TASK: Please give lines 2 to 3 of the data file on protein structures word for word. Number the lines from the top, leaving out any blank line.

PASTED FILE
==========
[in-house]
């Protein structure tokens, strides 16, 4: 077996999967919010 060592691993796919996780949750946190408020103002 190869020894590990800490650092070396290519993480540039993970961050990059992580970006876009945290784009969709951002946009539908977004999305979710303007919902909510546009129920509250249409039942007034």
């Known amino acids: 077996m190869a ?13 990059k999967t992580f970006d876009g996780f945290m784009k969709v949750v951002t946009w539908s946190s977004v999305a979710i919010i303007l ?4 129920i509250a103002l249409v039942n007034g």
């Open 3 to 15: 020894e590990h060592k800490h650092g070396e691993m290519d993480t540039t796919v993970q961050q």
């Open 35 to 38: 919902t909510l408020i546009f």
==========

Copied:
């Protein structure tokens, strides 16, 4: 077996999967919010 060592691993796919996780949750946190408020103002 190869020894590990800490650092070396290519993480540039993970961050990059992580970006876009945290784009969709951002946009539908977004999305979710303007919902909510546009129920509250249409039942007034």
């Known amino acids: 077996m190869a ?13 990059k999967t992580f970006d876009g996780f945290m784009k969709v949750v951002t946009w539908s946190s977004v999305a979710i919010i303007l ?4 129920i509250a103002l249409v039942n007034g």